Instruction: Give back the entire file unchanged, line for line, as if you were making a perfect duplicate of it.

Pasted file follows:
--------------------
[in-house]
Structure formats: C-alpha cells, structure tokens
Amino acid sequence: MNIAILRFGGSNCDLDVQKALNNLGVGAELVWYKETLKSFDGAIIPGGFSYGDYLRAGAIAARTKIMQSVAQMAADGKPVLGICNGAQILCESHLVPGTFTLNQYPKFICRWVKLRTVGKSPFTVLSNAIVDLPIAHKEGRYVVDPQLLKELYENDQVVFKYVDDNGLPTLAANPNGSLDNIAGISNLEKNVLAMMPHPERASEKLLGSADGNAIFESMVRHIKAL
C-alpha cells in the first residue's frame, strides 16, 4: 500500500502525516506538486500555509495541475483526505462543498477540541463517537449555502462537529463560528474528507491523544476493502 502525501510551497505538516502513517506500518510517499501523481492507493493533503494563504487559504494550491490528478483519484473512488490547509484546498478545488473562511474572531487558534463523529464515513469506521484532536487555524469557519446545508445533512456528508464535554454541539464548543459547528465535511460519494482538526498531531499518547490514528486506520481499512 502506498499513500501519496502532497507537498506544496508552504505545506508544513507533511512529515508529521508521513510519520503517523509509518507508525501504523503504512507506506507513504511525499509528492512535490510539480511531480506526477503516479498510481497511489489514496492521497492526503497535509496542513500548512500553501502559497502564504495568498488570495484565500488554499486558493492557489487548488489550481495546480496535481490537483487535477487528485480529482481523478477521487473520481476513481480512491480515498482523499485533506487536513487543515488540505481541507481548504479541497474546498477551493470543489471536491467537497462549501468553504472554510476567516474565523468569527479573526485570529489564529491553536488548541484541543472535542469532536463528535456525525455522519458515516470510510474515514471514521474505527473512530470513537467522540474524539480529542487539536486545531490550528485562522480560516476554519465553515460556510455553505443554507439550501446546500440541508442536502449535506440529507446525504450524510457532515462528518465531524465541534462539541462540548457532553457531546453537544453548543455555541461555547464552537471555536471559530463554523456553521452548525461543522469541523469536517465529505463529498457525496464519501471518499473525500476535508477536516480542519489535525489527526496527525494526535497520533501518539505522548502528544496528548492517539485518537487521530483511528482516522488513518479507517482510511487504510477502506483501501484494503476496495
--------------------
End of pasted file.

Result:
[in-house]
Structure formats: C-alpha cells, structure tokens
Amino acid sequence: MNIAILRFGGSNCDLDVQKALNNLGVGAELVWYKETLKSFDGAIIPGGFSYGDYLRAGAIAARTKIMQSVAQMAADGKPVLGICNGAQILCESHLVPGTFTLNQYPKFICRWVKLRTVGKSPFTVLSNAIVDLPIAHKEGRYVVDPQLLKELYENDQVVFKYVDDNGLPTLAANPNGSLDNIAGISNLEKNVLAMMPHPERASEKLLGSADGNAIFESMVRHIKAL
C-alpha cells in the first residue's frame, strides 16, 4: 500500500502525516506538486500555509495541475483526505462543498477540541463517537449555502462537529463560528474528507491523544476493502 502525501510551497505538516502513517506500518510517499501523481492507493493533503494563504487559504494550491490528478483519484473512488490547509484546498478545488473562511474572531487558534463523529464515513469506521484532536487555524469557519446545508445533512456528508464535554454541539464548543459547528465535511460519494482538526498531531499518547490514528486506520481499512 502506498499513500501519496502532497507537498506544496508552504505545506508544513507533511512529515508529521508521513510519520503517523509509518507508525501504523503504512507506506507513504511525499509528492512535490510539480511531480506526477503516479498510481497511489489514496492521497492526503497535509496542513500548512500553501502559497502564504495568498488570495484565500488554499486558493492557489487548488489550481495546480496535481490537483487535477487528485480529482481523478477521487473520481476513481480512491480515498482523499485533506487536513487543515488540505481541507481548504479541497474546498477551493470543489471536491467537497462549501468553504472554510476567516474565523468569527479573526485570529489564529491553536488548541484541543472535542469532536463528535456525525455522519458515516470510510474515514471514521474505527473512530470513537467522540474524539480529542487539536486545531490550528485562522480560516476554519465553515460556510455553505443554507439550501446546500440541508442536502449535506440529507446525504450524510457532515462528518465531524465541534462539541462540548457532553457531546453537544453548543455555541461555547464552537471555536471559530463554523456553521452548525461543522469541523469536517465529505463529498457525496464519501471518499473525500476535508477536516480542519489535525489527526496527525494526535497520533501518539505522548502528544496528548492517539485518537487521530483511528482516522488513518479507517482510511487504510477502506483501501484494503476496495